When there is a mass shooting at a school in the United States, society’s conversations vary from gun control to mental health.
Recently, President Donald Trump claimed movies are “so violent,” and young children are exposed to violence online.
“We have to look at the Internet because a lot of bad things are happening to young kids and young minds, and their minds are being formed,” Trump said. “And we have to do something about maybe what they’re seeing and how they’re seeing it and also video games. I’m hearing more and more people say the level of violence on video games is really shaping young people’s thoughts.”
Trump’s remarks brought the discussion of video games and violence to the forefront.
The U.S. Supreme Court struck down a California bill in 2011 that attempted to ban the sale of violent video games to children. It defined violent video games as ones “in which the range of options available to a player includes killing, maiming, dismembering or sexually assaulting an image of a human being” and that did not have “serious literary, artistic, political or scientific value.”
David S. Heineman, communications professor at the Bloomsburg University of Pennsylvania who studies video game communication, said there is no truth to Trump’s assertions.
“It is not accurate, but it is a claim that is often repeated after shootings because for some people video games, or violent films, or violent lyrics, etc., make an easy scapegoat because, well, both involve violence,” Heineman said.
Heineman said almost everyone plays video games, and that includes violent ones, and he also said no studies have shown a correlation between violent acts like what was seen in the recent school shooting in Florida to people playing video games.
Though video games are not the root to cause people to act violently, Heineman said there are some external and internal forces that can cause a person to become violent, such as childhood development, or lack thereof.
“Whether or not someone might be likely to commit violence is not always predictable, but I understand that there are at least a few common warning signs that, especially in combination, almost rise to the level of being predictors,” Heineman said.
Heineman said there are other factors to consider as well. He said people who feel isolated, alienated or discriminated against can all become violent. Nevertheless, Heineman said these particular forms of media, like all media, definitely have impacts on society.
“I do think that violent media can be used to support an existing ideology or disposition that is itself already conditioned towards violence,” Heineman said. “Ideally, though, people would learn to become critical consumers of their media and able to separate fantasy from reality.”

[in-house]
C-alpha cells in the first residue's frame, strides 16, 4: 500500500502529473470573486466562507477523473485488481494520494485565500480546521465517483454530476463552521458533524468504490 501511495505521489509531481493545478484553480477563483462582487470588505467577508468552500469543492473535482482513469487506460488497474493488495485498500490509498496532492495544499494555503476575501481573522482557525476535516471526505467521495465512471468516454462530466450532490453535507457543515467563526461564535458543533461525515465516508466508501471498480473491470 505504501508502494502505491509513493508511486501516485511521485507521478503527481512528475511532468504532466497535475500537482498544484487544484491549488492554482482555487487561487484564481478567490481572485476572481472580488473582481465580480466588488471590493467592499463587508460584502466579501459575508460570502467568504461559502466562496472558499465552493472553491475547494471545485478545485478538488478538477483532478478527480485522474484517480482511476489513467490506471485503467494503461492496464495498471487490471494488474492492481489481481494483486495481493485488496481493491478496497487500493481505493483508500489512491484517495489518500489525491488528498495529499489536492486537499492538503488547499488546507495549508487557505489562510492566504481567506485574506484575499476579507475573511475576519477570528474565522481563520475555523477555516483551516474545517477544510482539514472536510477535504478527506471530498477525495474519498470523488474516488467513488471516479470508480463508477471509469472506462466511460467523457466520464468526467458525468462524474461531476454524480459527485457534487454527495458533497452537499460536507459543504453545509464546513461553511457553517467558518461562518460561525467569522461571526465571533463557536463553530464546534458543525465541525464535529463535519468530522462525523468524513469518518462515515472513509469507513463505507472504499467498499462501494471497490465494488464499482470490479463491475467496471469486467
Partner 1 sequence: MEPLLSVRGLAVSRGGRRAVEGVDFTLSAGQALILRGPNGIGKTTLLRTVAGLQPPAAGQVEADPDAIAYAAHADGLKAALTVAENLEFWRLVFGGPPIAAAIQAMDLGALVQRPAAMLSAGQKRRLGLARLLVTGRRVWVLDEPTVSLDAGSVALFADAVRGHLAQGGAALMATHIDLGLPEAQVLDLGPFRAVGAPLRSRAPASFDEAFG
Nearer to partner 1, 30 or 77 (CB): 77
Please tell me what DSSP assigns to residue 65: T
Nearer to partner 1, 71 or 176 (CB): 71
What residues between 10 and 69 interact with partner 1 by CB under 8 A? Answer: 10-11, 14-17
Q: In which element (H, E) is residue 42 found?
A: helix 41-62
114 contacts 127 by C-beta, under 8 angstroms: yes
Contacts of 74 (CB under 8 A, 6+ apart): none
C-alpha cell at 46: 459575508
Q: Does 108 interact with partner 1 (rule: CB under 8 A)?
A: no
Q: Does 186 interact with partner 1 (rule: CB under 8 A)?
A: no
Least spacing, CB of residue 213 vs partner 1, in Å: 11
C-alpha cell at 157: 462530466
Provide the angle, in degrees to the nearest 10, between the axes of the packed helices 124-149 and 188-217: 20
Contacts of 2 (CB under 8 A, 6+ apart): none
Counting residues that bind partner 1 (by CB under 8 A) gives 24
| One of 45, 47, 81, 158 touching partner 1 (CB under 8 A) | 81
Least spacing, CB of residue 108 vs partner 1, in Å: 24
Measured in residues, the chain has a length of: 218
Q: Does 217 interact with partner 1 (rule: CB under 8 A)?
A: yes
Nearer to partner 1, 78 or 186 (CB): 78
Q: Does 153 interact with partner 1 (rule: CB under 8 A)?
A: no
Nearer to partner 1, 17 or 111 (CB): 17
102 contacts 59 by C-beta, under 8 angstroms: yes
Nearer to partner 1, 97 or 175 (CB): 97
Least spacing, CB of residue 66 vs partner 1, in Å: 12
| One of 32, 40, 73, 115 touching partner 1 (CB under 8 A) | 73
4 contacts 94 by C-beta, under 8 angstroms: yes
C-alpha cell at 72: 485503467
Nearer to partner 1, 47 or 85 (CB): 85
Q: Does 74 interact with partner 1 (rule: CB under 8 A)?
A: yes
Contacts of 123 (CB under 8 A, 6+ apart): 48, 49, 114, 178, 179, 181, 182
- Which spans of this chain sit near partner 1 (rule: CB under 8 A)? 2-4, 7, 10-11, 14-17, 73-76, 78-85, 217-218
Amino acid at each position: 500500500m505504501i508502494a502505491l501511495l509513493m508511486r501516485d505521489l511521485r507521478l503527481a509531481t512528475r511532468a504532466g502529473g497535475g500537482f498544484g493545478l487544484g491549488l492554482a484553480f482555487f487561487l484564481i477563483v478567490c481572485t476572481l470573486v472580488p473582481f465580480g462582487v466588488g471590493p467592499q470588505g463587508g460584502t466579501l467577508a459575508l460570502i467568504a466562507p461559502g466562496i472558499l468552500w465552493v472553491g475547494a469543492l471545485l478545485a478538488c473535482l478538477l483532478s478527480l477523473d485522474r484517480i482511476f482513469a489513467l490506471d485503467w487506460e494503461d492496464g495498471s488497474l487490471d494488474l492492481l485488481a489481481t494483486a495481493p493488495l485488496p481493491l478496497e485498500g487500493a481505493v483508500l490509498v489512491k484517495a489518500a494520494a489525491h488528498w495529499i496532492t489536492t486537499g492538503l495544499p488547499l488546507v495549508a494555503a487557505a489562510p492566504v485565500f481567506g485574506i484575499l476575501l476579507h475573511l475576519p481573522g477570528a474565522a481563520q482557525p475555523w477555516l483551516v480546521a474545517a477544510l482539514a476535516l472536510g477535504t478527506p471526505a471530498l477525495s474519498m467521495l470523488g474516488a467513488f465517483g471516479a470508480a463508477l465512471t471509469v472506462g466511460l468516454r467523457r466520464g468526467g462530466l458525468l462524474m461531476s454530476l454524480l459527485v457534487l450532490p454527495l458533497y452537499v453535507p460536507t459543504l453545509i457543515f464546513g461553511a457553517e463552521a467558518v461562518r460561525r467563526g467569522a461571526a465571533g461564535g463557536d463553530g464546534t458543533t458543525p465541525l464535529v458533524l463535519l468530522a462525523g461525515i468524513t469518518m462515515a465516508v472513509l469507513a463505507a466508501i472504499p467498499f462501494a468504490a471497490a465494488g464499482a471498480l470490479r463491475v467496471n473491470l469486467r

Heineman said media education should be a part of schools’ curricula from elementary school through college.
“I am often dismayed when people come to college and have clearly never considered how the media might have shaped their worldview, why they enjoy what they enjoy,” Heineman said. “We need to teach more critical thinking about media, and everything else, in fact, and not try to regulate and scapegoat media that we arbitrarily decide is ‘violent.’”
Ammi Vinson, a mental health counselor, said Trump’s statements are “inaccurate,” and lack of education is one of the roots of these violent acts.
“I believe not educating people on how to deal with negative emotions, not disciplining children on how to handle disappointment, hurt, rejection or not cultivating self-esteem and self-confidence are all influences within society that have the potential to trigger violent behavior,” Vinson said.
Vinson also said society does the mentally ill community a disservice when people automatically claim school shooters are mentally ill.
“Let me make sure to state as a mental health professional, there is so much stigma on people with mental illnesses, and the assumption that all people diagnosed with some form of mood or psychotic disorder automatically are violent or will commit violent acts,” Vinson said. “That is absolutely false. Every person diagnosed with some type of mental illness does not commit criminal and/or violent acts or pose a harm to others. Everyone has the potential for violence if they succumb to the urge of acting out in that manner.”
A student plays first-person shooter video game Grand Theft Auto 5 at his home near campus. President Donald Trump said last week that violent video games and movies contribute to real-life violence like school shootings.